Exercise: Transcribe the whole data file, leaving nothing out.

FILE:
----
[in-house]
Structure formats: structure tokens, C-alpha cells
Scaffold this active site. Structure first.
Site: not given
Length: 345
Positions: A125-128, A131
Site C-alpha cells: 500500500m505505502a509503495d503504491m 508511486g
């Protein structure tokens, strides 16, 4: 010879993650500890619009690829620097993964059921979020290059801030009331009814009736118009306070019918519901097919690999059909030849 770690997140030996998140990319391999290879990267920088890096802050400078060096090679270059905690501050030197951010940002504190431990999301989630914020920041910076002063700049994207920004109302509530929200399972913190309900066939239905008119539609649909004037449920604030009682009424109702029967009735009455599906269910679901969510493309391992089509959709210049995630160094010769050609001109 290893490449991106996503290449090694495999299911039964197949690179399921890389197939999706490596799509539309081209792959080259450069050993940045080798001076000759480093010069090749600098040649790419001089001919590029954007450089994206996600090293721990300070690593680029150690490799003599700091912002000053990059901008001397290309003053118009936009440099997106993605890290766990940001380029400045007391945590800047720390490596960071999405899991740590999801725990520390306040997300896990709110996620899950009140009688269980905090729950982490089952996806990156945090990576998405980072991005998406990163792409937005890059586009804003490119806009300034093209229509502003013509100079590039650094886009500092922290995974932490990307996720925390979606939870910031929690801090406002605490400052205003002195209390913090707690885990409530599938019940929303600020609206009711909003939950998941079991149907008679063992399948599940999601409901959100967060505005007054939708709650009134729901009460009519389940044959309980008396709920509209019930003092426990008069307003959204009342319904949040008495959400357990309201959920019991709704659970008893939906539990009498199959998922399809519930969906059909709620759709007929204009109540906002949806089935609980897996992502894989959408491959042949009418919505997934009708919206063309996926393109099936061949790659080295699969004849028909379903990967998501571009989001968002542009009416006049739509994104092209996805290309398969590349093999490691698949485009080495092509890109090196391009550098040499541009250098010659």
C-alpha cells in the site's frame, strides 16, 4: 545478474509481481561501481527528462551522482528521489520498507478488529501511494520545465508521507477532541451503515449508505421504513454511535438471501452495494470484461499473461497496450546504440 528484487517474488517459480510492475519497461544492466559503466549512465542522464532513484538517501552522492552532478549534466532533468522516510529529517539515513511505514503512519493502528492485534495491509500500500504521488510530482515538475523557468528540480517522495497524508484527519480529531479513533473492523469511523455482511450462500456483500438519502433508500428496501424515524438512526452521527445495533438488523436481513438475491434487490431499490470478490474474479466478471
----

[in-house]
Structure formats: structure tokens, C-alpha cells
Scaffold this active site. Structure first.
Site: not given
Length: 345
Positions: A125-128, A131
Site C-alpha cells: 500500500m505505502a509503495d503504491m 508511486g
């Protein structure tokens, strides 16, 4: 010879993650500890619009690829620097993964059921979020290059801030009331009814009736118009306070019918519901097919690999059909030849 770690997140030996998140990319391999290879990267920088890096802050400078060096090679270059905690501050030197951010940002504190431990999301989630914020920041910076002063700049994207920004109302509530929200399972913190309900066939239905008119539609649909004037449920604030009682009424109702029967009735009455599906269910679901969510493309391992089509959709210049995630160094010769050609001109 290893490449991106996503290449090694495999299911039964197949690179399921890389197939999706490596799509539309081209792959080259450069050993940045080798001076000759480093010069090749600098040649790419001089001919590029954007450089994206996600090293721990300070690593680029150690490799003599700091912002000053990059901008001397290309003053118009936009440099997106993605890290766990940001380029400045007391945590800047720390490596960071999405899991740590999801725990520390306040997300896990709110996620899950009140009688269980905090729950982490089952996806990156945090990576998405980072991005998406990163792409937005890059586009804003490119806009300034093209229509502003013509100079590039650094886009500092922290995974932490990307996720925390979606939870910031929690801090406002605490400052205003002195209390913090707690885990409530599938019940929303600020609206009711909003939950998941079991149907008679063992399948599940999601409901959100967060505005007054939708709650009134729901009460009519389940044959309980008396709920509209019930003092426990008069307003959204009342319904949040008495959400357990309201959920019991709704659970008893939906539990009498199959998922399809519930969906059909709620759709007929204009109540906002949806089935609980897996992502894989959408491959042949009418919505997934009708919206063309996926393109099936061949790659080295699969004849028909379903990967998501571009989001968002542009009416006049739509994104092209996805290309398969590349093999490691698949485009080495092509890109090196391009550098040499541009250098010659």
C-alpha cells in the site's frame, strides 16, 4: 545478474509481481561501481527528462551522482528521489520498507478488529501511494520545465508521507477532541451503515449508505421504513454511535438471501452495494470484461499473461497496450546504440 528484487517474488517459480510492475519497461544492466559503466549512465542522464532513484538517501552522492552532478549534466532533468522516510529529517539515513511505514503512519493502528492485534495491509500500500504521488510530482515538475523557468528540480517522495497524508484527519480529531479513533473492523469511523455482511450462500456483500438519502433508500428496501424515524438512526452521527445495533438488523436481513438475491434487490431499490470478490474474479466478471